Advice for playing multiple characters?

As I a fairly new DM I am finding it incredibly awkward and embarrassing to try play multiple characters at once in a scene, talking to myself just never feels natural. I am not the greatest voice actor. I try not to have too many characters with actual big roles together in a scene, I can deal with important guy and bodyguards or drunk people chiming in during a conversation in a tavern but my players have a weird way of brining narratively important characters together, any advice on making these moments flow naturally?
I also just don't like having 100% control over how these NPC's stories are going to resolve because it just feels like I am hijacking the game to play it with myself if the players haven't gotten a chance to actually care how their story goes

  1. 2 weeks ago
    Anonymous

    Split the characters up. A huge group of people aren't all talking to everyone at once. If your party demands that npc A and npc B be in a scene at the same time, one is conversing with one half of the party, one with the other.

    Also, you can sum up. It doesn't have to be in character conversation the whole time. If two npcs are talking, I give the players the gist of what they are talking about, because I have no interest in talking to myself at the table.

  2. 2 weeks ago
    Anonymous

    >I am not the greatest voice actor.
    Don't voice act.
    Just use your normal voice, and maybe add a little detail for NPCs that your want to flesh out more. Maybe one talks a little slower or faster, or in a more familiar, overbearing way, or maybe one is more religious. But notice here the words "maybe" and "more". That is to say, don't assume a whole new personality, just little adjustments to the way you normally talk. Or even use indirect speech, it might make you more comfortable. "The baron tells you he'll have you hanged if you don't return the artifact in 24 hours."
    You already have a lot to worry about, don't add voice acting to the list.

    >I try not to have too many characters with actual big roles together in a scene
    Yeah, that's good. Stick to two NPCs at most. And have them talk mostly to the PCs, very little to each other.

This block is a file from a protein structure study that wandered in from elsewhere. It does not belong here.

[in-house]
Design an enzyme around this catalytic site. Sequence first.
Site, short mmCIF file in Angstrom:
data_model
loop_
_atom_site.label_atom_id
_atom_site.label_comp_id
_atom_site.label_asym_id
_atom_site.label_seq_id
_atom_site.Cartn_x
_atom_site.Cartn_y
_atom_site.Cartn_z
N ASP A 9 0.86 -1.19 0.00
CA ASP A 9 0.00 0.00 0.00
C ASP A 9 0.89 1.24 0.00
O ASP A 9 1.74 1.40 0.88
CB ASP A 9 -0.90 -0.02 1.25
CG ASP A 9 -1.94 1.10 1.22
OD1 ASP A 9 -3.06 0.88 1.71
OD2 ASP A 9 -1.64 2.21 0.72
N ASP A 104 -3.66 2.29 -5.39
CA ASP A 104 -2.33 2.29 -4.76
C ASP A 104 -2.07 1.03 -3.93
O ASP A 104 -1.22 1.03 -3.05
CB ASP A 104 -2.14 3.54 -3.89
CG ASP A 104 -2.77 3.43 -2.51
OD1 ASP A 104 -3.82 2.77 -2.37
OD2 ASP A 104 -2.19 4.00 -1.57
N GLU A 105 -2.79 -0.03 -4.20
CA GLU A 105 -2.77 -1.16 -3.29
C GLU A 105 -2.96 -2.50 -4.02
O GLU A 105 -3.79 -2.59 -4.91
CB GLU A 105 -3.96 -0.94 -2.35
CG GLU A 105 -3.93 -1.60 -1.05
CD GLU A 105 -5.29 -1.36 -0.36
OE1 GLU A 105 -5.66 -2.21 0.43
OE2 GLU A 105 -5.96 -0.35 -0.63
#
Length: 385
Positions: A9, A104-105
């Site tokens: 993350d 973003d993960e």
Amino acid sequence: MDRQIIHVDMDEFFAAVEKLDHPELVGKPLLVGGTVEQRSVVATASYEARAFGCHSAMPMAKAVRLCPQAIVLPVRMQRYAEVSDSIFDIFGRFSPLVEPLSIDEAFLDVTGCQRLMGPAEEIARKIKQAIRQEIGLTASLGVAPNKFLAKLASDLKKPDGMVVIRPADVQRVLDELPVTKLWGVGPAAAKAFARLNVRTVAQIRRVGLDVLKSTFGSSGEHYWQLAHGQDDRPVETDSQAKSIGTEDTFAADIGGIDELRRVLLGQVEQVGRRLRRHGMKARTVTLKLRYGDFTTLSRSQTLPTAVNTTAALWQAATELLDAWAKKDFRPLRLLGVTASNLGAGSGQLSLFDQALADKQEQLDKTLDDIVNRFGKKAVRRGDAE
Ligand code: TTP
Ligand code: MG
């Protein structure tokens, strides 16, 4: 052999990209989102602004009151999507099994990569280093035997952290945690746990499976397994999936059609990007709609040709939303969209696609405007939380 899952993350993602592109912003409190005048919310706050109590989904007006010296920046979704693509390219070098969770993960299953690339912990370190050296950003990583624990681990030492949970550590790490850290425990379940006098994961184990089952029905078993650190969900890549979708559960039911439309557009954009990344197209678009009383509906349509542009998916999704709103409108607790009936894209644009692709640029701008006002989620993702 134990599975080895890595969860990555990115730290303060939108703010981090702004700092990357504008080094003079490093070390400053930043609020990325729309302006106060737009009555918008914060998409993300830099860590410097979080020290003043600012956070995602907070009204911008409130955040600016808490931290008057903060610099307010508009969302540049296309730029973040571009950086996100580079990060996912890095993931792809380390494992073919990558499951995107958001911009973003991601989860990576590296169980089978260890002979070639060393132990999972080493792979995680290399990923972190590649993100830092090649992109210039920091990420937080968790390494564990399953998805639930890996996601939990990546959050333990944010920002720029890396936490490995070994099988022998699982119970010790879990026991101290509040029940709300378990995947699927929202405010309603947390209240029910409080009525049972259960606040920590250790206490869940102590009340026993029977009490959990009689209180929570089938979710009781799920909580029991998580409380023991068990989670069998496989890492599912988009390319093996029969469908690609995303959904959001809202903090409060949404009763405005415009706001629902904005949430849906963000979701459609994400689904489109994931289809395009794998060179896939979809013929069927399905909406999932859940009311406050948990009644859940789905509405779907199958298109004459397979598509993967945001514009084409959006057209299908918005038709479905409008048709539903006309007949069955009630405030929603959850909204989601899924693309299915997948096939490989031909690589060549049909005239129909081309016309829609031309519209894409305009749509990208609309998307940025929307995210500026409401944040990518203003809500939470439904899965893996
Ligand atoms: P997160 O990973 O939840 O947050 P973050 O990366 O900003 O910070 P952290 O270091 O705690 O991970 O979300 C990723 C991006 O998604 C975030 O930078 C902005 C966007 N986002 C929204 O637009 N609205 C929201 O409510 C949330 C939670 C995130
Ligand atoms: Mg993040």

>but my players have a weird way of brining narratively important characters together
    Well, fuck me.
    OK, here's the thing: if there are two important NPCs in a scene with the party, that's because they each want something from the PCs. So they'll mostly be talking to the PCs.
    If two NPCs are talking because they each want something from the other, the PCs don't have to be there. Even if your players specifically need two NPCs to talk to each other in order to advance their plan, you can write a handout of the conversation, or just summarize for them how it went.

    >I also just don't like having 100% control over how these NPC's stories are going to resolve because it just feels like I am hijacking the game
    I'm not sure I understand this part. You only have control of what will happen if the PCs don't get involved. If they do get involved, the course of events will change.
    But also, the players can't be mother hens sticking their nose into everyone's business. Of course there's gonna be a lot that they don't have a say in. There's a limit to what they can do, and even to how much people want them to get involved.

    • 2 weeks ago
      Anonymous

      Every post here already gave solid advice on how to run conversations, especially
      NPCs talking among each other is something that should be limited to very brief comments or a summary of whats going on.
      Indirect speech should be something you use quite often. There is no reason why you should do special impressions of random townsfolk, merchants etc. it just tires you out. It's also good for characters which would have a very distinguished and grand way of talking.
      If you really want to act out a character then you should have a certain grasp where to go with him. Like

      just have fun with character archetypes. I have a stock of a dozen I reuse constantly, in voices, mannerisms and so. You can adapt them for each character but it's good to get into the mindset of each one:
      >fat amiable innkeeper
      >rough soldier/captain
      >eccentric wizard
      >coward shady individual
      >highbrow holier-than-thou attitude which works well with clerics and enemy villains
      >dumb small creature/pet

      really helps when characters start asking questions and you have to improvise, you are already in the mindset of the character. Having multiple characters is easy once you have the individuals settled in, you just have (please, for the sake of your players) short converstions between them.
      If you are in a long, contrived converation with yourself, you've gone wrong. It's much better to go "The Council of thirteen ends up deciding that you'll go to the Island of Doom", or have a spokesman representing the group.

      mentioned going with a certain archetype that can be painted with very broad brush strokes is pretty key. And since there isn't an endless number of these archetypes, you shouldn't waste them too much on characters that don't really matter.
      If you choose to act one out, then you should give yourself a short moment before switching into that role so you can properly play it out. Especially with big villains, kings and other important people.

      There is probably nothing worse than having the BBEG TOLKOVAR WARLOCK OF THE END TIMES jumble around basic words and use fools for the 5th time to describe the party because more flowery words don't come to his mind since the session is already running for hours. I've made that experience way too often.
      Getting in and out of direct character speak is very hard and challenging even for experienced DMs. You don't have to do it at all actually and delivering the cinematic critikal role experience is nothing a GM should feel obligated to do. You have your hands busy already with tard-wrangling the whole group most of the time.